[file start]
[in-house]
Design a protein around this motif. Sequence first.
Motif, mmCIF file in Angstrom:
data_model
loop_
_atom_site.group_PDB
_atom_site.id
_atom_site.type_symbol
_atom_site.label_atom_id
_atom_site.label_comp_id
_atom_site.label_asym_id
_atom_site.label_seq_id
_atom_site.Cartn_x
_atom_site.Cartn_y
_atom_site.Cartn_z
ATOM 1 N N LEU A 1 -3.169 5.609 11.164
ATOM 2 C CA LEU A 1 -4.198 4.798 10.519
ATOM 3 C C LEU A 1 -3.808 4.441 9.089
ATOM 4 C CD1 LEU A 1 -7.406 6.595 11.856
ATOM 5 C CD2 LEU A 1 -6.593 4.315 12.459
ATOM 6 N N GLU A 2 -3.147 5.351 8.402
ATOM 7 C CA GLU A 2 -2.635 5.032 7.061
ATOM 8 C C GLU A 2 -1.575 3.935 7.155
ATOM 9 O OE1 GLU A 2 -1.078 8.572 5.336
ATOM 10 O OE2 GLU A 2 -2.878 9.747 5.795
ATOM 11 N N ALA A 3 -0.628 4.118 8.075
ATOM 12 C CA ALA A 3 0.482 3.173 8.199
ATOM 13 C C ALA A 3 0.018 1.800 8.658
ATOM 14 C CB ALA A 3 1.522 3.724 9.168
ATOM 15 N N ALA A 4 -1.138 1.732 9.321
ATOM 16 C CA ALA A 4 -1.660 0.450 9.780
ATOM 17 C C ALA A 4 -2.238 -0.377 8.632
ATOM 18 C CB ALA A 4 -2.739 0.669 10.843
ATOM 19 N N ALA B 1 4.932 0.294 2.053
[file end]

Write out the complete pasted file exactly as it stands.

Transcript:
[in-house]
Design a protein around this motif. Sequence first.
Motif, mmCIF file in Angstrom:
data_model
loop_
_atom_site.group_PDB
_atom_site.id
_atom_site.type_symbol
_atom_site.label_atom_id
_atom_site.label_comp_id
_atom_site.label_asym_id
_atom_site.label_seq_id
_atom_site.Cartn_x
_atom_site.Cartn_y
_atom_site.Cartn_z
ATOM 1 N N LEU A 1 -3.169 5.609 11.164
ATOM 2 C CA LEU A 1 -4.198 4.798 10.519
ATOM 3 C C LEU A 1 -3.808 4.441 9.089
ATOM 4 C CD1 LEU A 1 -7.406 6.595 11.856
ATOM 5 C CD2 LEU A 1 -6.593 4.315 12.459
ATOM 6 N N GLU A 2 -3.147 5.351 8.402
ATOM 7 C CA GLU A 2 -2.635 5.032 7.061
ATOM 8 C C GLU A 2 -1.575 3.935 7.155
ATOM 9 O OE1 GLU A 2 -1.078 8.572 5.336
ATOM 10 O OE2 GLU A 2 -2.878 9.747 5.795
ATOM 11 N N ALA A 3 -0.628 4.118 8.075
ATOM 12 C CA ALA A 3 0.482 3.173 8.199
ATOM 13 C C ALA A 3 0.018 1.800 8.658
ATOM 14 C CB ALA A 3 1.522 3.724 9.168
ATOM 15 N N ALA A 4 -1.138 1.732 9.321
ATOM 16 C CA ALA A 4 -1.660 0.450 9.780
ATOM 17 C C ALA A 4 -2.238 -0.377 8.632
ATOM 18 C CB ALA A 4 -2.739 0.669 10.843
ATOM 19 N N ALA B 1 4.932 0.294 2.053